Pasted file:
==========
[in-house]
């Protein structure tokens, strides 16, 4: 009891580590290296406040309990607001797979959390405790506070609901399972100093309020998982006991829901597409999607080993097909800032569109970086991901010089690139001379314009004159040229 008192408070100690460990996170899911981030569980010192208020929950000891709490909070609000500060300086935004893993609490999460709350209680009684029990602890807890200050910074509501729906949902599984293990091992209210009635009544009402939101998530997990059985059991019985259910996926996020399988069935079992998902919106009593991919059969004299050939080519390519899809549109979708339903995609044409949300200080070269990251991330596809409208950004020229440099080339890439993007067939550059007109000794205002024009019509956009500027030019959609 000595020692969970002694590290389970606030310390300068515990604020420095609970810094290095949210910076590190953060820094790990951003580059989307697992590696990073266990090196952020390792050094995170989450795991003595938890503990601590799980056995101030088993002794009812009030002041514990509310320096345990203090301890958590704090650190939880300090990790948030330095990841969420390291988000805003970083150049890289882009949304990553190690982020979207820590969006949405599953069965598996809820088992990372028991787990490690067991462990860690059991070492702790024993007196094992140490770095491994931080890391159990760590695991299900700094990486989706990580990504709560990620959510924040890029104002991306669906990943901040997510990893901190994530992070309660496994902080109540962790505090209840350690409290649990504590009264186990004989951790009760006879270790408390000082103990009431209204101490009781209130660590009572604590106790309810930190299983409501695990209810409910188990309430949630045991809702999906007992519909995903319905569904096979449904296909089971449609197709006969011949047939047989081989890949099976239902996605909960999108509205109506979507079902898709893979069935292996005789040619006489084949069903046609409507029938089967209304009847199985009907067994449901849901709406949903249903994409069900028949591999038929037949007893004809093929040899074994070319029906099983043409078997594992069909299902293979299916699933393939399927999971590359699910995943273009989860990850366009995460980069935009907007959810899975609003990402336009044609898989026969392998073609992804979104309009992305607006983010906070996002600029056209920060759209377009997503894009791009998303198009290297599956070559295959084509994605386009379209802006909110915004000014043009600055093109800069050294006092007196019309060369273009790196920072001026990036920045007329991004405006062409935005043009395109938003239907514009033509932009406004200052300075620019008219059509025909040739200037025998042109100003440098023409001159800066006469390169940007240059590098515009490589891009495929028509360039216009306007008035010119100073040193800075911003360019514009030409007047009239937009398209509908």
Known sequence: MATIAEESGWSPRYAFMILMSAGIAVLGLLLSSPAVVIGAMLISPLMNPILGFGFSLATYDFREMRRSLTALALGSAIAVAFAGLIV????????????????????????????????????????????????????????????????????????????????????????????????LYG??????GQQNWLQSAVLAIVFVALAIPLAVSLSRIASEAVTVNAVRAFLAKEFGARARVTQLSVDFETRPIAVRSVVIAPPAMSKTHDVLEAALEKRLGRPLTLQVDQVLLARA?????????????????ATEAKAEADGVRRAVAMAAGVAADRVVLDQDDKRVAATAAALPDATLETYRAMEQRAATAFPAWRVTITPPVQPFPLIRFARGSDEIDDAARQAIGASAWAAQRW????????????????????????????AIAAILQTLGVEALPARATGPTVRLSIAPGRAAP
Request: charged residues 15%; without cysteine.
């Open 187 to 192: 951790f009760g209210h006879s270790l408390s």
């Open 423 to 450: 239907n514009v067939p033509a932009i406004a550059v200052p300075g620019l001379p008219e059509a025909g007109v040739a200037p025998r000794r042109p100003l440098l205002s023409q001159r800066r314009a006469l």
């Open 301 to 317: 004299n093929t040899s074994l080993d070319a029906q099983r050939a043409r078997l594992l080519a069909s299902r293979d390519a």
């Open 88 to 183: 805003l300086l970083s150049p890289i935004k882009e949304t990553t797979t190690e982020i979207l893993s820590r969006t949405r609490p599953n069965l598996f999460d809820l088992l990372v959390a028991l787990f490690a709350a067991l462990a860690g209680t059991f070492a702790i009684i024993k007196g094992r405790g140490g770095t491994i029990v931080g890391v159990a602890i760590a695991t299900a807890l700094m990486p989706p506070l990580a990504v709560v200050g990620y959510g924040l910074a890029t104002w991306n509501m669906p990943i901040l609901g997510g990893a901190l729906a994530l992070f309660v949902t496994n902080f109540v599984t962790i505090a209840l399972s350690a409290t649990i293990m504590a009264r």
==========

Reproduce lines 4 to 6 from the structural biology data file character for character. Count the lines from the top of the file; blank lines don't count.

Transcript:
Request: charged residues 15%; without cysteine.
């Open 187 to 192: 951790f009760g209210h006879s270790l408390s």
């Open 423 to 450: 239907n514009v067939p033509a932009i406004a550059v200052p300075g620019l001379p008219e059509a025909g007109v040739a200037p025998r000794r042109p100003l440098l205002s023409q001159r800066r314009a006469l």